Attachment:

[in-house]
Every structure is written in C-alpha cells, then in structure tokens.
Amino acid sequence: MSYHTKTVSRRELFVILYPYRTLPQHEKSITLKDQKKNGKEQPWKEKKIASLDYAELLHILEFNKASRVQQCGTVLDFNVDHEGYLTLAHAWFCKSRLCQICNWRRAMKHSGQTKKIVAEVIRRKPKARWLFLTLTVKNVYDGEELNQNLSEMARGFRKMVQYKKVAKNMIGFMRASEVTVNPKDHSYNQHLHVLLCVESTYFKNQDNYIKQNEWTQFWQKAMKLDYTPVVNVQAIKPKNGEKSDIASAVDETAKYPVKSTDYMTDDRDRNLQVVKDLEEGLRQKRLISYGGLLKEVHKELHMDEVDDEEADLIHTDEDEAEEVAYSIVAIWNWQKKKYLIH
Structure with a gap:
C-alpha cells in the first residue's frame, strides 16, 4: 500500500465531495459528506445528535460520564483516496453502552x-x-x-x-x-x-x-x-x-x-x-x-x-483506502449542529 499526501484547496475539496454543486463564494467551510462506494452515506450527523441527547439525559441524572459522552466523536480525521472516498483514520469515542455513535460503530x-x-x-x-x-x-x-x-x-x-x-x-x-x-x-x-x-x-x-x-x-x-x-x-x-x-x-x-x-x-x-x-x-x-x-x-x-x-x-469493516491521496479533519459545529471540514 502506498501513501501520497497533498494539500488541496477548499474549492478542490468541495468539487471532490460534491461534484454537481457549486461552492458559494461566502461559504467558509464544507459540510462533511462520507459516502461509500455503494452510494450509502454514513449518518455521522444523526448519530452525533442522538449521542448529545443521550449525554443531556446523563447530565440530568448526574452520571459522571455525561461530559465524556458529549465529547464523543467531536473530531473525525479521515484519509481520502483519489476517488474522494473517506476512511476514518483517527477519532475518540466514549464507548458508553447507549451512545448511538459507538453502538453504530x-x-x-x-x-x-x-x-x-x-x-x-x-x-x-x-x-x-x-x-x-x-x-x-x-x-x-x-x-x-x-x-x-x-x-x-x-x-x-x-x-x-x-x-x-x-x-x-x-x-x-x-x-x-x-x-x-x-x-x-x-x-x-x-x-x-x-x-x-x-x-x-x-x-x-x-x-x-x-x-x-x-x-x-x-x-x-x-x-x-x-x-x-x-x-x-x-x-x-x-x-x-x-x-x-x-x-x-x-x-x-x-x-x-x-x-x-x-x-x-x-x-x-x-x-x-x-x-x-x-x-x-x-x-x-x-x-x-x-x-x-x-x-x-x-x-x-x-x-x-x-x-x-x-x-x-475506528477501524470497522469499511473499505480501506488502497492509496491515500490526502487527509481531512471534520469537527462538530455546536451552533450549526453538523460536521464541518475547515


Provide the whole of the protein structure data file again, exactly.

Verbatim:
[in-house]
Every structure is written in C-alpha cells, then in structure tokens.
Amino acid sequence: MSYHTKTVSRRELFVILYPYRTLPQHEKSITLKDQKKNGKEQPWKEKKIASLDYAELLHILEFNKASRVQQCGTVLDFNVDHEGYLTLAHAWFCKSRLCQICNWRRAMKHSGQTKKIVAEVIRRKPKARWLFLTLTVKNVYDGEELNQNLSEMARGFRKMVQYKKVAKNMIGFMRASEVTVNPKDHSYNQHLHVLLCVESTYFKNQDNYIKQNEWTQFWQKAMKLDYTPVVNVQAIKPKNGEKSDIASAVDETAKYPVKSTDYMTDDRDRNLQVVKDLEEGLRQKRLISYGGLLKEVHKELHMDEVDDEEADLIHTDEDEAEEVAYSIVAIWNWQKKKYLIH
Structure with a gap:
C-alpha cells in the first residue's frame, strides 16, 4: 500500500465531495459528506445528535460520564483516496453502552x-x-x-x-x-x-x-x-x-x-x-x-x-483506502449542529 499526501484547496475539496454543486463564494467551510462506494452515506450527523441527547439525559441524572459522552466523536480525521472516498483514520469515542455513535460503530x-x-x-x-x-x-x-x-x-x-x-x-x-x-x-x-x-x-x-x-x-x-x-x-x-x-x-x-x-x-x-x-x-x-x-x-x-x-x-469493516491521496479533519459545529471540514 502506498501513501501520497497533498494539500488541496477548499474549492478542490468541495468539487471532490460534491461534484454537481457549486461552492458559494461566502461559504467558509464544507459540510462533511462520507459516502461509500455503494452510494450509502454514513449518518455521522444523526448519530452525533442522538449521542448529545443521550449525554443531556446523563447530565440530568448526574452520571459522571455525561461530559465524556458529549465529547464523543467531536473530531473525525479521515484519509481520502483519489476517488474522494473517506476512511476514518483517527477519532475518540466514549464507548458508553447507549451512545448511538459507538453502538453504530x-x-x-x-x-x-x-x-x-x-x-x-x-x-x-x-x-x-x-x-x-x-x-x-x-x-x-x-x-x-x-x-x-x-x-x-x-x-x-x-x-x-x-x-x-x-x-x-x-x-x-x-x-x-x-x-x-x-x-x-x-x-x-x-x-x-x-x-x-x-x-x-x-x-x-x-x-x-x-x-x-x-x-x-x-x-x-x-x-x-x-x-x-x-x-x-x-x-x-x-x-x-x-x-x-x-x-x-x-x-x-x-x-x-x-x-x-x-x-x-x-x-x-x-x-x-x-x-x-x-x-x-x-x-x-x-x-x-x-x-x-x-x-x-x-x-x-x-x-x-x-x-x-x-x-x-475506528477501524470497522469499511473499505480501506488502497492509496491515500490526502487527509481531512471534520469537527462538530455546536451552533450549526453538523460536521464541518475547515